BALTIMORE -- The Blue Jays once again got plenty of good pitching on Saturday night. But they're still searching for the offense that has been missing for much of the 2014 season.
In Friday's series opener, Toronto mustered just three hits but came away with a victory thanks to some Baltimore fielding woes. The Blue Jays weren't as fortunate in the second game Saturday, missing on a bunch of scoring chances that left the door open for the Orioles to pull out a 2-1 victory in 12 innings before 30,446 at Camden Yards.
David Lough got the game-winning hit in the bottom of the 12th, as his one-out single to left scored Steve Lombardozzi, who had just tripled off of Todd Redmond (0-1). The right-hander threw 3 1/3 good innings of relief, but the Jays (6-6) couldn't find the offense to support his efforts.
"It was a good ballgame," Blue Jays manager John Gibbons said. "We had a chance to win. We had a few shots. It just didn't happen."
The offensive problems have plagued the Blue Jays throughout the first two weeks of the season -- in different ways. Toronto got seven hits in Saturday's game but went 0-for-7 with runners in scoring position and left nine on base.
The Blue Jays now have a .209 team batting average. Their only run Saturday came at a dramatic time when Colby Rasmus crushed a 1-2 fastball from Orioles closer Tommy Hunter for a game-tying solo homer with two outs in the top of the ninth as Baltimore (5-6) was one strike away from locking up the victory.
"Most times guys that throw 98, I'm looking for the fastball hoping they want to challenge," Rasmus said. "That's fun for me."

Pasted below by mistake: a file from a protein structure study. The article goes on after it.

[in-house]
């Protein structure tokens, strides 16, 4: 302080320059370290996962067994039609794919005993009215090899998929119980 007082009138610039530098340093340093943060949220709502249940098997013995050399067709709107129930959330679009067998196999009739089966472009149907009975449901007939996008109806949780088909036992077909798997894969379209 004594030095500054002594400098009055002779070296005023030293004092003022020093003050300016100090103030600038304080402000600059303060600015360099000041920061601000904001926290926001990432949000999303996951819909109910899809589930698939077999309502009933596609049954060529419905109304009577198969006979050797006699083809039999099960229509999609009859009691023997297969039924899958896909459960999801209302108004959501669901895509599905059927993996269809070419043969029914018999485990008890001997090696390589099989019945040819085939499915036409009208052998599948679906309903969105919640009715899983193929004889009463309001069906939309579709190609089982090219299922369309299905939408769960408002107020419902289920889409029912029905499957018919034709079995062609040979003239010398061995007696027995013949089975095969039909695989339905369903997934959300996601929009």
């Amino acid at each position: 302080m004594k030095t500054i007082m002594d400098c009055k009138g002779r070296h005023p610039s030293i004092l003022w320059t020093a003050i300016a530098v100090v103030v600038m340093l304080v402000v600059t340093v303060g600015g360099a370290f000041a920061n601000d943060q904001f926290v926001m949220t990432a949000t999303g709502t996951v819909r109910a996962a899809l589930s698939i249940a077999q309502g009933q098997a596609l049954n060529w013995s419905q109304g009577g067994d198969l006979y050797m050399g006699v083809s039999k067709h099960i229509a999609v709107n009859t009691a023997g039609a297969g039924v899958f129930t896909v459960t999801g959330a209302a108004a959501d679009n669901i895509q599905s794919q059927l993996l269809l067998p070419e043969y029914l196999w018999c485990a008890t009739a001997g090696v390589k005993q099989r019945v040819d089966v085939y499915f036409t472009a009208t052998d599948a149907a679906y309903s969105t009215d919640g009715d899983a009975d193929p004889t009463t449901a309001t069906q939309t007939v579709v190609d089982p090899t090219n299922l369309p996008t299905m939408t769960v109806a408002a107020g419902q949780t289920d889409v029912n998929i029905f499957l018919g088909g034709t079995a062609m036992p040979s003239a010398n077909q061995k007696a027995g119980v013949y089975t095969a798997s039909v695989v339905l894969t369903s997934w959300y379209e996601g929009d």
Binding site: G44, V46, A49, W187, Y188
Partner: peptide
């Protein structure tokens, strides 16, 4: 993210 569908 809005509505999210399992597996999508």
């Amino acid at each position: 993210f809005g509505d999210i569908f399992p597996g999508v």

The Jays missed on every other scoring chance in the game. Orioles starter Bud Norris threw seven shutout innings, but Toronto did have some opportunities to manufacture some runs.
Brett Lawrie walked to start the second and moved to third when Melky Cabrera extended his hitting streak to 12 with a one-out single. Norris then retired the next two hitters to escape the jam.
In the fourth, Rasmus crushed a two-out Norris pitch to deep center with Adam Lind on second. Center fielder Adam Jones, however, raced back and made the catch at the base of the fence.
Toronto also got runners to second in the sixth and seventh, but came up empty both times. In the seventh, pinch-hitter Erik Kratz came up with Dioner Navarro on second and two outs and appeared to be hit by a Norris pitch. But home plate umpire Paul Emmel ruled that Kratz swung even though he got hit, therefore the pinch-hitter was ruled out on a strike out.
"He said I swung," Kratz said. "He said it was an easy call, and so it was a strikeout. I think I spent a lot of time up there because I was a little shocked by what he said."
The Blue Jays wasted a strong effort from starter Drew Hutchison in the loss. He threw six scoreless innings, giving up just four hits with five strikeouts and two walks.
In fact, Toronto blanked the Orioles for the first 15 innings of the series until Baltimore broke through in the seventh after Neil Wagner took over for Hutchison. Wagner retired the first two Orioles before Lough singled to left. Jonathan Schoop followed with a double to right-center that scored Lough from first for a 1-0 lead.
The Rasmus homer then tied it in the ninth, and the Blue Jays had two on with two outs in the 10th against Darren O'Day. He ended the rally by getting Edwin Encarnacion to fly out.
Lombardozzi started the winning rally for Baltimore in the 12th with a triple to deep center over the head of Rasmus. Lough then lined the game-winning single to left. Zach Britton (2-0) got the win for the Orioles (5-6) with two innings of shutout relief.
"With the infield in, I was just looking for a good pitch and then try to get it out there somewhere where Lombardozzi could come and score," Lough said. "When Lombardozzi hit the ball I was in the on-deck circle jumping up and down, waving my arms telling him to keep going. It was a good team win."
Jeff Seidel is a contributor to MLB.com. This story was not subject to the approval of Major League Baseball or its clubs.